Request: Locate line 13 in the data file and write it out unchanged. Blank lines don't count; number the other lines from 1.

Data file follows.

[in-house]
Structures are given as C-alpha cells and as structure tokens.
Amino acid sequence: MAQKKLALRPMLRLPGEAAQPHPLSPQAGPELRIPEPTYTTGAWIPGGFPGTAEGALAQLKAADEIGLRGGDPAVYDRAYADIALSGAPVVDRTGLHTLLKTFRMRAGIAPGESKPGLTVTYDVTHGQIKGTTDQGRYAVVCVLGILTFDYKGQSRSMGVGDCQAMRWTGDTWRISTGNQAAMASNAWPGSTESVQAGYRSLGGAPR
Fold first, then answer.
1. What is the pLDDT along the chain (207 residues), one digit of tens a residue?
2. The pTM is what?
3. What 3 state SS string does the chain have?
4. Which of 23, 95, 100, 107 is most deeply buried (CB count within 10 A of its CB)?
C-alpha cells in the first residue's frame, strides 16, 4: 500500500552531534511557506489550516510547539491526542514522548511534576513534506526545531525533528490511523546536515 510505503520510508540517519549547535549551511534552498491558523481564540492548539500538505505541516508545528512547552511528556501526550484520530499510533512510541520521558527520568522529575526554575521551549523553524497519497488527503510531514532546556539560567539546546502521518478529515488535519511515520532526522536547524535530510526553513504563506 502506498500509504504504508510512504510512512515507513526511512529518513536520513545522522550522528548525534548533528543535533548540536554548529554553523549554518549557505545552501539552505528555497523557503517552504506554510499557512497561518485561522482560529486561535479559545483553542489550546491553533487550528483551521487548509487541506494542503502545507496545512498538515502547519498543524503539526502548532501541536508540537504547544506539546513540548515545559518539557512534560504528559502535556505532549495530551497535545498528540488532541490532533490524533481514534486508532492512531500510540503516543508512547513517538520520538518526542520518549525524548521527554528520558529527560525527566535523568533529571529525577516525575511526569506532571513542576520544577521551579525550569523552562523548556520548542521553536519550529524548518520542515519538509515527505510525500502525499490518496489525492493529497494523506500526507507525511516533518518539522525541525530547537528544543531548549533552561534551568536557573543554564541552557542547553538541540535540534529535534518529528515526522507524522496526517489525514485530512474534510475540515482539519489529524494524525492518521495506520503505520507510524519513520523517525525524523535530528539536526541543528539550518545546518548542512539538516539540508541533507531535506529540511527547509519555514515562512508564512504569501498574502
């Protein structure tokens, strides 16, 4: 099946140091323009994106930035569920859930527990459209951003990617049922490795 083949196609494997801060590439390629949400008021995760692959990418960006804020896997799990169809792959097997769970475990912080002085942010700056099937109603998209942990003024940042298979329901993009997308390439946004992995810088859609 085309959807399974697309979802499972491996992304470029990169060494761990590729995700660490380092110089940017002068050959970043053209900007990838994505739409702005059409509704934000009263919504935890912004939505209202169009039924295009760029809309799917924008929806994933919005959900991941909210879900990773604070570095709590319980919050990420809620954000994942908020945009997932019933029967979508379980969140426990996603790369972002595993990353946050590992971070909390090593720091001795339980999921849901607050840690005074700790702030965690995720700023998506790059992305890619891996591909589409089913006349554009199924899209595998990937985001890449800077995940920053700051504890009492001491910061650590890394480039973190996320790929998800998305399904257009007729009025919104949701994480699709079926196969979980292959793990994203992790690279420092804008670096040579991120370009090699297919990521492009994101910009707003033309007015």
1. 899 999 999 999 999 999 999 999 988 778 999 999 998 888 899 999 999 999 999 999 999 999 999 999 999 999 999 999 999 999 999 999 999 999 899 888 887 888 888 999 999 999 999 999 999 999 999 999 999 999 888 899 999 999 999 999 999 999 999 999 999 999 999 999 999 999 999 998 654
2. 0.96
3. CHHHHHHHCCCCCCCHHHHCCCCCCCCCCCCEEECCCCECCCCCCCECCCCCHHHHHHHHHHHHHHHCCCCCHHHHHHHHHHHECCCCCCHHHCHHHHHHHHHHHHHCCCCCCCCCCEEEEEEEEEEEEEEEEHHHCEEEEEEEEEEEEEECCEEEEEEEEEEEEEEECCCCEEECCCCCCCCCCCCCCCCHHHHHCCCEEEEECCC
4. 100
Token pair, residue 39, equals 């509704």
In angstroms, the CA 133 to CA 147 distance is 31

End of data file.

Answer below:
3. CHHHHHHHCCCCCCCHHHHCCCCCCCCCCCCEEECCCCECCCCCCCECCCCCHHHHHHHHHHHHHHHCCCCCHHHHHHHHHHHECCCCCCHHHCHHHHHHHHHHHHHCCCCCCCCCCEEEEEEEEEEEEEEEEHHHCEEEEEEEEEEEEEECCEEEEEEEEEEEEEEECCCCEEECCCCCCCCCCCCCCCCHHHHHCCCEEEEECCC